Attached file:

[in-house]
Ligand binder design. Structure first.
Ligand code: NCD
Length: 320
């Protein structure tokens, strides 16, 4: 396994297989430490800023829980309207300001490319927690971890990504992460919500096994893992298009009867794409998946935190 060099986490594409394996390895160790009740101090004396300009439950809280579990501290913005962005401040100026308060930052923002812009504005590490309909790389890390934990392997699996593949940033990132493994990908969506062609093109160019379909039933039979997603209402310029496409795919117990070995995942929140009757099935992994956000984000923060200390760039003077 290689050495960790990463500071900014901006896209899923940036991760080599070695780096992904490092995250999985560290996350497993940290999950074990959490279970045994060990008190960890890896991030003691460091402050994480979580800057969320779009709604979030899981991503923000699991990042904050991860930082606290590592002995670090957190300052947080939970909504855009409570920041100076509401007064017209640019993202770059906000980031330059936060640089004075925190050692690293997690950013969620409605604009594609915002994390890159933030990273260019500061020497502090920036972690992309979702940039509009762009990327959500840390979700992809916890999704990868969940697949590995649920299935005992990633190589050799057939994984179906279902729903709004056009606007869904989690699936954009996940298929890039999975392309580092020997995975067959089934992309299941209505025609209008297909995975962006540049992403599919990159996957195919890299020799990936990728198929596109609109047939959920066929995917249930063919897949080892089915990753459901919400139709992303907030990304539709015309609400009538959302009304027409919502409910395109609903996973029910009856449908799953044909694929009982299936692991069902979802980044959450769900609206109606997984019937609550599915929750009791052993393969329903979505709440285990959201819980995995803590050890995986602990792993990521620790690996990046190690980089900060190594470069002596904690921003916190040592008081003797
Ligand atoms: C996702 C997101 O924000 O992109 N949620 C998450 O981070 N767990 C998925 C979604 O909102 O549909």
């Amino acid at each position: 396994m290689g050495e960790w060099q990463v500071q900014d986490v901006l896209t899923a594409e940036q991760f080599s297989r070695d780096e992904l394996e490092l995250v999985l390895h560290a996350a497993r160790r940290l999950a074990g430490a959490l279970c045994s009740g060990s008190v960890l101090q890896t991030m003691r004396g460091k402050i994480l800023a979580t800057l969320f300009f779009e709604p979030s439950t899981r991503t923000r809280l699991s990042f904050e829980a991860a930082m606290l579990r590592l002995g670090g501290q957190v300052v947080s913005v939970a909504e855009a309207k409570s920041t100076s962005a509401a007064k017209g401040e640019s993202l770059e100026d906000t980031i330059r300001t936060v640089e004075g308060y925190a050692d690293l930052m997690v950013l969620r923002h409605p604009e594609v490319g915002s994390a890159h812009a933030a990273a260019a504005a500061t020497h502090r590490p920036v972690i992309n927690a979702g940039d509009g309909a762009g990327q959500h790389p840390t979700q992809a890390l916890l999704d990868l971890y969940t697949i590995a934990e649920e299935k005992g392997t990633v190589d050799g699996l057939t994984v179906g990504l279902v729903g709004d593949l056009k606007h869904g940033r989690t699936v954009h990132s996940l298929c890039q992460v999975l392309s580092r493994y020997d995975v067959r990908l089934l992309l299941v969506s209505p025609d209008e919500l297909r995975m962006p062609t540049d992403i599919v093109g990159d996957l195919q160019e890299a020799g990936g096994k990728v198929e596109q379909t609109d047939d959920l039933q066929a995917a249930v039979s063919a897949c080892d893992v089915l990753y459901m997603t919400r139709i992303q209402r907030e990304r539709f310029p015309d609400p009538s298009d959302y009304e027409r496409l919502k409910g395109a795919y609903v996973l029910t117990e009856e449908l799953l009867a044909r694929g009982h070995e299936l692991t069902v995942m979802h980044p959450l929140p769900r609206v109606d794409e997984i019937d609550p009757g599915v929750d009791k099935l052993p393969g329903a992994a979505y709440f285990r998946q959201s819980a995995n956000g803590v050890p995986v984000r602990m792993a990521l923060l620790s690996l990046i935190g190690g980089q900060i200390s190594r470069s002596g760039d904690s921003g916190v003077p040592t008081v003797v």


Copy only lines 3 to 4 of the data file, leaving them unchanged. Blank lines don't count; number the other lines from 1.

Ligand code: NCD
Length: 320